The Reserve Bank of Zimbabwe has ordered platinum and chrome miners to surrender 80 percent of their export earnings to the central bank as the country struggles to contain a crippling dollar note shortage.
Previously miners in the southern African nation were required to retain 50 percent of their earnings.
Mining is the single largest earner of foreign currency in Zimbabwe, making up 62 percent of total exports in 2016. "...with immediate effect, 80 percent of all foreign exchange receipts from Platinum Group Metals (PGM) and Chrome shall be transferred to the Reserve Bank Nostro Account on receipt," a central bank directive dated Aug. 4 said.
The bank said the measure was to ensure effective administration of foreign exchange and spread liquidity in the foreign exchange market.
In exchange for the foreign currency the central bank will pay the exporter using real time gross settlement (RTGS), crediting the exporter's account with local currency.
Reporting by Kuda Chideme, editing by David Evans (Reuters)
South Africa's competition watchdog has launched an investigation into the high cost of internet data, the regulator said on Friday, after a groundswell of complaints from consumers and civil society.
The Competition Commission said in a statement it had already published terms of reference for the inquiry and that it would complete its investigation by August 2018.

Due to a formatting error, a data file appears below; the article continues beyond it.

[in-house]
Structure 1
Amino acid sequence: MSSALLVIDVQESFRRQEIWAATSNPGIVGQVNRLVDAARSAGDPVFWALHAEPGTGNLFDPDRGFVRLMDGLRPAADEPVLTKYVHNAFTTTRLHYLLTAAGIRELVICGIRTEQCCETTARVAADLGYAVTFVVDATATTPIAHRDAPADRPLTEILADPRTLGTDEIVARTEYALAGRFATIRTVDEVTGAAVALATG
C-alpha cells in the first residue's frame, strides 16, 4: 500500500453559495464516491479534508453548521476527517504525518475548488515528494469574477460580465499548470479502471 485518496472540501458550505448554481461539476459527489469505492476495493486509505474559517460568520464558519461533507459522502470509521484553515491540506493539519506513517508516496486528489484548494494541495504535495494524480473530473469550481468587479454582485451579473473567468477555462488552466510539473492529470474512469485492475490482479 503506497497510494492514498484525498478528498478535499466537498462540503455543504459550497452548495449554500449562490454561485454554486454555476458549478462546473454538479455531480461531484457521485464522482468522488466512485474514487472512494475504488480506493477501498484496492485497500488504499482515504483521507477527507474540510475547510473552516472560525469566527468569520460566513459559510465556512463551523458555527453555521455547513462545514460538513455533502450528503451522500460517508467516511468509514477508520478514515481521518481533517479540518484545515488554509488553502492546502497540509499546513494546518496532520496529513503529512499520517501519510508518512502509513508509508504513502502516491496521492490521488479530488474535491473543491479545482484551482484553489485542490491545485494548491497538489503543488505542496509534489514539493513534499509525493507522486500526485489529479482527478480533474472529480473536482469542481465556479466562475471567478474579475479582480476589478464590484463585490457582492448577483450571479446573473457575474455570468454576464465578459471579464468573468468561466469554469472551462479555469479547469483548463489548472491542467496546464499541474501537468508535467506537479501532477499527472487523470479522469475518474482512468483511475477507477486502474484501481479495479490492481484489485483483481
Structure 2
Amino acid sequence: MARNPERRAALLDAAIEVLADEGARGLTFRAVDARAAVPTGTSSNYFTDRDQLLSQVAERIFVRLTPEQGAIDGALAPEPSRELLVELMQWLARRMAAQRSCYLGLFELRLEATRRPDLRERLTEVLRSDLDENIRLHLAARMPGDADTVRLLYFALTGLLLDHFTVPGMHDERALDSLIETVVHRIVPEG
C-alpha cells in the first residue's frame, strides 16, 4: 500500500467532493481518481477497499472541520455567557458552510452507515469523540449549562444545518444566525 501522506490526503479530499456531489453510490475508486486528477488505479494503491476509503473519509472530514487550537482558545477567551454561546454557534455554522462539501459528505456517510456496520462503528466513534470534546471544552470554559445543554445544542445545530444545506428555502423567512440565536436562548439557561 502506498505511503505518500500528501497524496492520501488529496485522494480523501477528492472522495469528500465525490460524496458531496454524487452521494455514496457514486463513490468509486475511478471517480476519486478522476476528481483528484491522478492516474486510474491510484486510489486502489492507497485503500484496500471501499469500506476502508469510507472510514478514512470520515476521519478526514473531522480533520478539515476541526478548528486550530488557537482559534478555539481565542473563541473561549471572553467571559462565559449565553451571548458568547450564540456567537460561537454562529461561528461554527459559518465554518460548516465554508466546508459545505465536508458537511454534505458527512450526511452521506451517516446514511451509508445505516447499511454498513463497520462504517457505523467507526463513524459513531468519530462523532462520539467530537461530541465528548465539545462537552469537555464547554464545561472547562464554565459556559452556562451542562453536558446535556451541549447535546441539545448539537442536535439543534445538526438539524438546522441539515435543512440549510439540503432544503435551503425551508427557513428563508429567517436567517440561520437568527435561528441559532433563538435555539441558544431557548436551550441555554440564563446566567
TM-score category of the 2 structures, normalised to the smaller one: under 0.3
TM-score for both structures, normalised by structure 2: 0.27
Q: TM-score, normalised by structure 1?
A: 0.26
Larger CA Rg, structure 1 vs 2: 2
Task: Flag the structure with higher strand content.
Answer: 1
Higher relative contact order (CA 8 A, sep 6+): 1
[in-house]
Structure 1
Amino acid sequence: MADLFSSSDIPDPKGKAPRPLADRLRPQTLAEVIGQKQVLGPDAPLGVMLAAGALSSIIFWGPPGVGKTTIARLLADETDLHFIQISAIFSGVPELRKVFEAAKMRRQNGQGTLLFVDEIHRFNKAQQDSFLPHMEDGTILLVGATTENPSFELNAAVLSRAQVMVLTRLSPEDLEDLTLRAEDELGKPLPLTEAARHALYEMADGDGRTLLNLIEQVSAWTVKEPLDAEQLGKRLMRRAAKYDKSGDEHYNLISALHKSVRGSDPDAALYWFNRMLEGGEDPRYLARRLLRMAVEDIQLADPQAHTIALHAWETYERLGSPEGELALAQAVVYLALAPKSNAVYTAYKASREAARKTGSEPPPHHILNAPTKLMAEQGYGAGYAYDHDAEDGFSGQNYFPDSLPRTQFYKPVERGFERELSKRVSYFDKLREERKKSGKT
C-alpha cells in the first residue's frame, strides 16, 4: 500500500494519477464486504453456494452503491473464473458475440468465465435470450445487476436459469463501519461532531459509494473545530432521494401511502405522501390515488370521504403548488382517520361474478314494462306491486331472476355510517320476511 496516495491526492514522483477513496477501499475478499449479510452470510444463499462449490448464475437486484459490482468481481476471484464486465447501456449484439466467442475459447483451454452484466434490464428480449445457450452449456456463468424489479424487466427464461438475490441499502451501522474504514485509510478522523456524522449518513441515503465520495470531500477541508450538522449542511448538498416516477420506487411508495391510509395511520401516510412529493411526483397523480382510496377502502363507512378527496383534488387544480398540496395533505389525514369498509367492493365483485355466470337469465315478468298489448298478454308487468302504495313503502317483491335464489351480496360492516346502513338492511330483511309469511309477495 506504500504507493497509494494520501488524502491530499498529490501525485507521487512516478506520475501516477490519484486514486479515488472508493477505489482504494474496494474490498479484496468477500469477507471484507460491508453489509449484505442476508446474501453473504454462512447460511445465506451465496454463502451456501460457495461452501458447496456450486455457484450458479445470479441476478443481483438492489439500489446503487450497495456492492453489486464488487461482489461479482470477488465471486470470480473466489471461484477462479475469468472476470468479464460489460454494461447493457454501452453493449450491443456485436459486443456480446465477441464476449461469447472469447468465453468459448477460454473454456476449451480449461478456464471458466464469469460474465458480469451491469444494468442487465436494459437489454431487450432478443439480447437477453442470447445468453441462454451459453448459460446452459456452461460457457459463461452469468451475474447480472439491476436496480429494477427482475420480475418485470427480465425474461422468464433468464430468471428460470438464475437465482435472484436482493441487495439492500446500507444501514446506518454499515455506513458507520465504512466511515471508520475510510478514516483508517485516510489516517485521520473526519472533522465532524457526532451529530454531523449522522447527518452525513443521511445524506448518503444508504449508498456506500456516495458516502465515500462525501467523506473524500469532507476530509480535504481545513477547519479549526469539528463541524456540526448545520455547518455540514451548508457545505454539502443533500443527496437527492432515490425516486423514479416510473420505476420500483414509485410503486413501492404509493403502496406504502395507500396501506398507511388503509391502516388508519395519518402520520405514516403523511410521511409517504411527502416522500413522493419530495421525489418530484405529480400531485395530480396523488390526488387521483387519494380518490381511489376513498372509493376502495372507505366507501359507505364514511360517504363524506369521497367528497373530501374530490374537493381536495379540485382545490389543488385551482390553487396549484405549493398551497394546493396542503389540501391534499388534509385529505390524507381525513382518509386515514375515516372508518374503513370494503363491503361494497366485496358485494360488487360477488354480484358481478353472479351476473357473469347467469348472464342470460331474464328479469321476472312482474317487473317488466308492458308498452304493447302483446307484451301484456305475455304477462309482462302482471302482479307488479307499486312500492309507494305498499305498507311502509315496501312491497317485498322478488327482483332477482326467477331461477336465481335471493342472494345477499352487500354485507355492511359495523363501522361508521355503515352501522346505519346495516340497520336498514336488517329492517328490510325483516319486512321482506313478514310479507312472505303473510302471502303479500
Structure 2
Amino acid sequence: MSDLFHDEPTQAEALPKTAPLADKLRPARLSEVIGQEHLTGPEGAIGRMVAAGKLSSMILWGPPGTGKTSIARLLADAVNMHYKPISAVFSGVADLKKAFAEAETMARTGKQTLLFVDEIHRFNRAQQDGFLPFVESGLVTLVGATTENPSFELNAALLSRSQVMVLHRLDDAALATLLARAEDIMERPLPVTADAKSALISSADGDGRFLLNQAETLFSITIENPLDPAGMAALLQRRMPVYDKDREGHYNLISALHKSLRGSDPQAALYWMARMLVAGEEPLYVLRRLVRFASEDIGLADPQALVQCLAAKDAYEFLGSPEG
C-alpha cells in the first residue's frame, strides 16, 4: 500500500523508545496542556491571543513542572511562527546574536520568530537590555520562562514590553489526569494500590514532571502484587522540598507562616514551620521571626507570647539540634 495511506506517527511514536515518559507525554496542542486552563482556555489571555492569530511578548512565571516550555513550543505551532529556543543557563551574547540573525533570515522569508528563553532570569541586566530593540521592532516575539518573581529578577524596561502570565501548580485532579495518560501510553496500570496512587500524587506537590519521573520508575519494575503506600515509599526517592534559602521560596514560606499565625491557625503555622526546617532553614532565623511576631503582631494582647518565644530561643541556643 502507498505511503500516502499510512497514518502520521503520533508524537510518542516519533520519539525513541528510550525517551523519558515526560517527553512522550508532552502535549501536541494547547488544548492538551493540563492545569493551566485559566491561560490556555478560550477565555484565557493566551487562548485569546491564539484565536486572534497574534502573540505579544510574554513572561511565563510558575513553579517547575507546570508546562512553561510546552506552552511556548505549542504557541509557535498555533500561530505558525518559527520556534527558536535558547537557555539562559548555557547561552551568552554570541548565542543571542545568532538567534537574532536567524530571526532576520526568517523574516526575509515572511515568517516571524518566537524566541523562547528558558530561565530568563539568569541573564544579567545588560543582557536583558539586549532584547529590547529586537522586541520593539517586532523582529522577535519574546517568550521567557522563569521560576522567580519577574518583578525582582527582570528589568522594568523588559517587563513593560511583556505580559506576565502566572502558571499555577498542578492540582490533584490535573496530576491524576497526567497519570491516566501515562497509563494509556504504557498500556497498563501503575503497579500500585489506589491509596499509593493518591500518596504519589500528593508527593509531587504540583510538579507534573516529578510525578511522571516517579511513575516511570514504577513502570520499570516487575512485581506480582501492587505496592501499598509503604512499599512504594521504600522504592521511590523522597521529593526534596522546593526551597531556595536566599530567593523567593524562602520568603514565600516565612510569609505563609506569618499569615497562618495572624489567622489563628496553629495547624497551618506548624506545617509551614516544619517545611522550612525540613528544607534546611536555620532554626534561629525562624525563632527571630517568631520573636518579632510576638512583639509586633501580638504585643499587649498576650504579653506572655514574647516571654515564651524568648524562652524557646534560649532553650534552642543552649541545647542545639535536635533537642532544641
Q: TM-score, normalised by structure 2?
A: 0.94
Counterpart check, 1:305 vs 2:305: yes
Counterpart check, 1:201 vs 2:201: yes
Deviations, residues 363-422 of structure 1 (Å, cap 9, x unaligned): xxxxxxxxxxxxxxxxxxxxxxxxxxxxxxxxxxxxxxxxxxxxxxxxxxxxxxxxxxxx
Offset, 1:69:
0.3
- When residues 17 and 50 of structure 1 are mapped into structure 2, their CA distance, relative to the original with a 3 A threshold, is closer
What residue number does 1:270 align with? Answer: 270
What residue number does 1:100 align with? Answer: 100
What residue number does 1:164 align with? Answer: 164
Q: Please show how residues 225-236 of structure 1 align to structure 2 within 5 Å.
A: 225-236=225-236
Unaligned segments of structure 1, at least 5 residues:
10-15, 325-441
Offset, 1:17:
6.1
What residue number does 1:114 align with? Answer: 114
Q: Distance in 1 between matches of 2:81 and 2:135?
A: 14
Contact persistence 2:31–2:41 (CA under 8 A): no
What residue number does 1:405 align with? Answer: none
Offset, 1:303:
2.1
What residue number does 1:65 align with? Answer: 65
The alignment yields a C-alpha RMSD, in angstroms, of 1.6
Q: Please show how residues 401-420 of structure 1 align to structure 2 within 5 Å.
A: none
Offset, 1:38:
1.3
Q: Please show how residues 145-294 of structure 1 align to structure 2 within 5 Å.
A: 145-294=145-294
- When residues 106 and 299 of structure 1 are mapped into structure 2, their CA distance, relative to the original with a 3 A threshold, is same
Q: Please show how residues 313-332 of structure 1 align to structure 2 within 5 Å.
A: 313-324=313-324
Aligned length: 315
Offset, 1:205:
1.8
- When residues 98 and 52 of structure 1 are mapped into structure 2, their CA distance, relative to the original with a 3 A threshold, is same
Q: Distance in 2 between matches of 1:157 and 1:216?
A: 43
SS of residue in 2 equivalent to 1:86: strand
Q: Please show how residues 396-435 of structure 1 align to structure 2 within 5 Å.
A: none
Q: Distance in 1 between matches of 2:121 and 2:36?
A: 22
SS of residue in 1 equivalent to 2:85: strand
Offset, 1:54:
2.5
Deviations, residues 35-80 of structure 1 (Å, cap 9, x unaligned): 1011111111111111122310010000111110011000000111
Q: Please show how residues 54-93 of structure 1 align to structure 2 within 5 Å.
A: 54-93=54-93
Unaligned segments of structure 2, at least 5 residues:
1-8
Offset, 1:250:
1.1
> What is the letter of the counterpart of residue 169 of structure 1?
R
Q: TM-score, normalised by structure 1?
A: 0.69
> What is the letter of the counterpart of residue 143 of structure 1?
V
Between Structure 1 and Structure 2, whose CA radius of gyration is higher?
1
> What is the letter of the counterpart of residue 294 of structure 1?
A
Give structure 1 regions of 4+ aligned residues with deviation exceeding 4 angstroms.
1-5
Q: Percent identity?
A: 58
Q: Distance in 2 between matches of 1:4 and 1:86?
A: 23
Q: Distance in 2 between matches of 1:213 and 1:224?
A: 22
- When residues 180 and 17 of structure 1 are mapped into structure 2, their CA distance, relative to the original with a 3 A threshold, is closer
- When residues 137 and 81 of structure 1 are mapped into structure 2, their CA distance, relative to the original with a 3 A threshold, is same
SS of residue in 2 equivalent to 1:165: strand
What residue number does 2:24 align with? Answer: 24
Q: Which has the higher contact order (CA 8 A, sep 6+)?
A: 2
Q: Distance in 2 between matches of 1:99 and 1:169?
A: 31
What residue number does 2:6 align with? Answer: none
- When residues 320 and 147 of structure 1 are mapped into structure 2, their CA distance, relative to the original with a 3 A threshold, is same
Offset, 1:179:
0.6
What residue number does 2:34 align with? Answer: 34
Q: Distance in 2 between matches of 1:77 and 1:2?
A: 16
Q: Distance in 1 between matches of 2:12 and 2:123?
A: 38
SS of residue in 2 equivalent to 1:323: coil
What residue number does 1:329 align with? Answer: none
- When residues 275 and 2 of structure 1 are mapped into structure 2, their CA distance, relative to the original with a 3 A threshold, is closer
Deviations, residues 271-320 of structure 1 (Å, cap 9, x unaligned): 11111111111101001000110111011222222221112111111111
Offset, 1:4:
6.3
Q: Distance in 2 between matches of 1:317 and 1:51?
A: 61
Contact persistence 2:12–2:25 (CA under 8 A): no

The regulator said it believed there were features in the market that "prevent, distort or restrict competition", leading to excessive prices. A 2016 World Bank report found that South Africans paid around $14.10 for one gigabyte of data, the fourth highest out of 17 African countries, compared to lowest-rated Cameroon, where the same bundle cost around $2.10.
In September last year a local radio personality presented a case for lower data prices to a parliamentary committee after a popular online campaign dubbed #datamustfall.
"The inquiry has been initiated in response to a request by Economic Development Minister, Mr Ebrahim Patel, who also has expressed concerns over high data costs," the regulator said.
Five main firms dominate South Africa's wireless broadband market, including MTN and Vodacom , which control about 70 percent of the market, along with partially state-owned Telkom.
Analysts say the small pool of service providers, combined with slow implementation of policy by government and insufficient infrastructure have hampered competition.
Reporting by Mfuneko Toyana; Editing by Joe Brock (Reuters)